With victory for his CSC squad all but certain, Zabriskie had touched wheels with a team-mate near the finish and pitched into the barriers. After bouncing back into the road and spinning a couple of semi-circles, the rider from Salt Lake City ground to a halt, his left side blackened with tarmac, half his yellow jersey and shorts ripped to shreds, and all chance of retaining the lead gone.
His team, keen to protect their main overall contender, Italy's Ivan Basso, and with the stage win still a possibility, could not afford to wait. But after losing the race lead, even that consolation was denied them as they finished two seconds behind Discovery.
Fighting back the tears, Zabriskie crossed the line 1min 24sec later. Had the accident happened a few hundred yards further on in the narrow, twisting streets, Zabriskie would have been benefited from regulations that award all riders from the same team the same time if they crash inside the last kilometre.
Instead, he has slid to ninth overall, while Armstrong, whose team delivered a solid, but not spectacular performance found himself back in yellow.
"It was the kind of tough finish, with turns and twists and the whipping wind in the streets where accidents can happen and when you're riding on the limit mistakes can be made," Armstrong said. The Texan had a fairly stressful run, even with no crashes or mechanical trouble.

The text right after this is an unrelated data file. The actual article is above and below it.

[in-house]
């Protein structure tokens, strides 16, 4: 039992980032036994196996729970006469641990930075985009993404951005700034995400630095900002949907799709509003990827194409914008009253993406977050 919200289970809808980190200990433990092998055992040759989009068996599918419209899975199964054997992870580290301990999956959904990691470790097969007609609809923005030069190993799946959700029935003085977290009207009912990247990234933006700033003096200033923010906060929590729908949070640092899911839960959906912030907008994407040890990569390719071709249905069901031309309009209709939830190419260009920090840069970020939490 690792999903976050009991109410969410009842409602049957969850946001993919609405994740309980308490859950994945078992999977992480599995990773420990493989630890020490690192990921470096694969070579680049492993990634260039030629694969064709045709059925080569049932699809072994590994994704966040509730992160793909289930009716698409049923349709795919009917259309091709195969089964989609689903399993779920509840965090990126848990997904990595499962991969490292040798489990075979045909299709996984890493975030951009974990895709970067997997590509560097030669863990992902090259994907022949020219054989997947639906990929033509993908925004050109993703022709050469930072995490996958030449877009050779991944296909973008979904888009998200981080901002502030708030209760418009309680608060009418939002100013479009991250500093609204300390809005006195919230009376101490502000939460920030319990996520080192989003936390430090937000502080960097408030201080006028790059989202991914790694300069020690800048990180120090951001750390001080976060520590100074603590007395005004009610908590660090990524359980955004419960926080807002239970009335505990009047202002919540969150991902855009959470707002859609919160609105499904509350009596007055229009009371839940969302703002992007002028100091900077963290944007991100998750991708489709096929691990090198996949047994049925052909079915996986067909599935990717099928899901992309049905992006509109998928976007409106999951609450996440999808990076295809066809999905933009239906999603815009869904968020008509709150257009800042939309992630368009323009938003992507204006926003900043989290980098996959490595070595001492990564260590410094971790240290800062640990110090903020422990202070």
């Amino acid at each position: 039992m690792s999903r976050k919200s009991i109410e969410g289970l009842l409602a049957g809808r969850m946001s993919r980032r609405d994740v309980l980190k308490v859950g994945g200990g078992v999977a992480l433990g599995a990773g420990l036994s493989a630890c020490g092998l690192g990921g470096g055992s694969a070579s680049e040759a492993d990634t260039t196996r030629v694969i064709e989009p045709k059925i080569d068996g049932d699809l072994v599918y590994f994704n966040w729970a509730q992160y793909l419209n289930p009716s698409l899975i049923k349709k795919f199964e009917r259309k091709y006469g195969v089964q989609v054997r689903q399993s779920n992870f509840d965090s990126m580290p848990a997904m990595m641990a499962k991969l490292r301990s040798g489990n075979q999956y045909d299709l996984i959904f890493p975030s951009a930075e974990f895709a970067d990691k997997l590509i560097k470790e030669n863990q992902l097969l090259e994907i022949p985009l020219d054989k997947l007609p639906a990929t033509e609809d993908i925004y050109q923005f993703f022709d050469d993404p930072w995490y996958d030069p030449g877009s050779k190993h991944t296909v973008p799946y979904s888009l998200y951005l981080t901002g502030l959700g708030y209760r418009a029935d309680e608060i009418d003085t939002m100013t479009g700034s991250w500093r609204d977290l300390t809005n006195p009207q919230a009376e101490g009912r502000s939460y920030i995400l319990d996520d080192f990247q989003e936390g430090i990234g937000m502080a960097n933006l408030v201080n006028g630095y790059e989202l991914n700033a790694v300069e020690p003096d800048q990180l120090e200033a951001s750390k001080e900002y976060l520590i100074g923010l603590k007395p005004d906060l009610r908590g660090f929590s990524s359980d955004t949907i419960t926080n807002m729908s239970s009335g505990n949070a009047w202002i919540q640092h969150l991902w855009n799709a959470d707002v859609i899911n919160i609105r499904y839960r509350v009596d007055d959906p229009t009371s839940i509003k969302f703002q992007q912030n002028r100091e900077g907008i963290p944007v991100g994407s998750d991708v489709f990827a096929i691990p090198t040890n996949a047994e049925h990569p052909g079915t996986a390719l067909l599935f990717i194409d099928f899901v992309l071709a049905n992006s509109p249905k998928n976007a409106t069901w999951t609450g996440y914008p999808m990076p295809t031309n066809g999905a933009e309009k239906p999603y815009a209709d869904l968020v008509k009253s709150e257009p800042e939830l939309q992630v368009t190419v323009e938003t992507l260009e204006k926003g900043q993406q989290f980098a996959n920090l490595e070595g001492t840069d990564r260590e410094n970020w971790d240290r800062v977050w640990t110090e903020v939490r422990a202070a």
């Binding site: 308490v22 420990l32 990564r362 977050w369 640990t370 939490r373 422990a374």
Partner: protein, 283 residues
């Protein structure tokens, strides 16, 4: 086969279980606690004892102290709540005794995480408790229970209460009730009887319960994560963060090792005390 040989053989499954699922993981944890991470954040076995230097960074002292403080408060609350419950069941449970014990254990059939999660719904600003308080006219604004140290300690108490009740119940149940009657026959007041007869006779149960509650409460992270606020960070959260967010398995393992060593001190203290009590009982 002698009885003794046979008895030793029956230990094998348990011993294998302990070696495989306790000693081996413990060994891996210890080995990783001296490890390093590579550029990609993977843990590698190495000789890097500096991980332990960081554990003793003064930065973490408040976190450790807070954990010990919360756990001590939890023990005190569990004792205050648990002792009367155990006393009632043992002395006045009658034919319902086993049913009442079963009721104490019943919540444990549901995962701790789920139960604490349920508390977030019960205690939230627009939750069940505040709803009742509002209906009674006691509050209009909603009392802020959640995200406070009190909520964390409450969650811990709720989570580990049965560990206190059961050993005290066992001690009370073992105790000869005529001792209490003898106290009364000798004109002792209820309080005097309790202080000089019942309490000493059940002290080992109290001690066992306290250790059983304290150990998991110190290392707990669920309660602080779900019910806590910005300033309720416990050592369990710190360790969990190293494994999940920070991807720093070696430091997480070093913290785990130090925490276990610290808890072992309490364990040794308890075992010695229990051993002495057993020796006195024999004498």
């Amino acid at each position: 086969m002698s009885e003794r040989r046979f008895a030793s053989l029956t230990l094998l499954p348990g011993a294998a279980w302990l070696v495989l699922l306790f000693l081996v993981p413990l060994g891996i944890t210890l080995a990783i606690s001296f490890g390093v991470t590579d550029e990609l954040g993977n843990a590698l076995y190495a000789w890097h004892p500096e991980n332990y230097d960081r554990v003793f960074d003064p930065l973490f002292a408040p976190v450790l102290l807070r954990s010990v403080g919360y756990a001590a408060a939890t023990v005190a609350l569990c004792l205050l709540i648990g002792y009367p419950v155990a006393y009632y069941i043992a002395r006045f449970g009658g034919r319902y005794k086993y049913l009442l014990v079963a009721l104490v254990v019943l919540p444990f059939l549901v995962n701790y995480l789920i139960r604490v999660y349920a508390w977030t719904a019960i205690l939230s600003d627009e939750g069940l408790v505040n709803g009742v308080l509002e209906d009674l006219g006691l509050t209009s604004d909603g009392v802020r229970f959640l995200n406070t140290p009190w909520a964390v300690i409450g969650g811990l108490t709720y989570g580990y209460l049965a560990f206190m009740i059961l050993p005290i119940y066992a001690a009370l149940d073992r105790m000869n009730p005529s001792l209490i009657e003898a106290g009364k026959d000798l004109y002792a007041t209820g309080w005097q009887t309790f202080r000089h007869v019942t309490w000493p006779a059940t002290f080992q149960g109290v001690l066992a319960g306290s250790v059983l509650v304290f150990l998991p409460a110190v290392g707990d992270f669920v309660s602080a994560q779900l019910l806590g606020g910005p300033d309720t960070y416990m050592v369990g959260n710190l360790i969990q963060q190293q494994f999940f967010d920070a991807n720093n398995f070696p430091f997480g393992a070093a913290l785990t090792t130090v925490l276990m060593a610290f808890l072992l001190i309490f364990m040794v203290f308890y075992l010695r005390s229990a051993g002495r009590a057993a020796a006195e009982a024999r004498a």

"We were timed to start five minutes behind CSC, so it was tough going through the intermediate time checks and not knowing whether we were ahead or behind until five minutes later," said Armstrong, who, it was revealed yesterday, is suffering from a painful knee following a training accident a fortnight ago.
"Until CSC crossed the line we didn't know whether we'd won or not. When we did see we had, there was a lot of hollering and cheering. It's nice to be back in yellow again and win this stage for a third straight time, whatever. Although the real objective was to put time into all our rivals." A fine performance by T-Mobile enabled his arch rivals Jan Ullrich and team-mate Alexandre Vinokourov to lose only 35sec, however.
Already winner of a record six consecutive Tours, Armstrong now owns another piece of history - the fastest average speed on a stage. Discovery averaged 57.38kmh [35.86mph], nearly two kilometres faster than the previous best. And there leader seems to be heading towards win No 7.
Alasdair Fotheringham writes for 'Cycling Weekly'Reuse content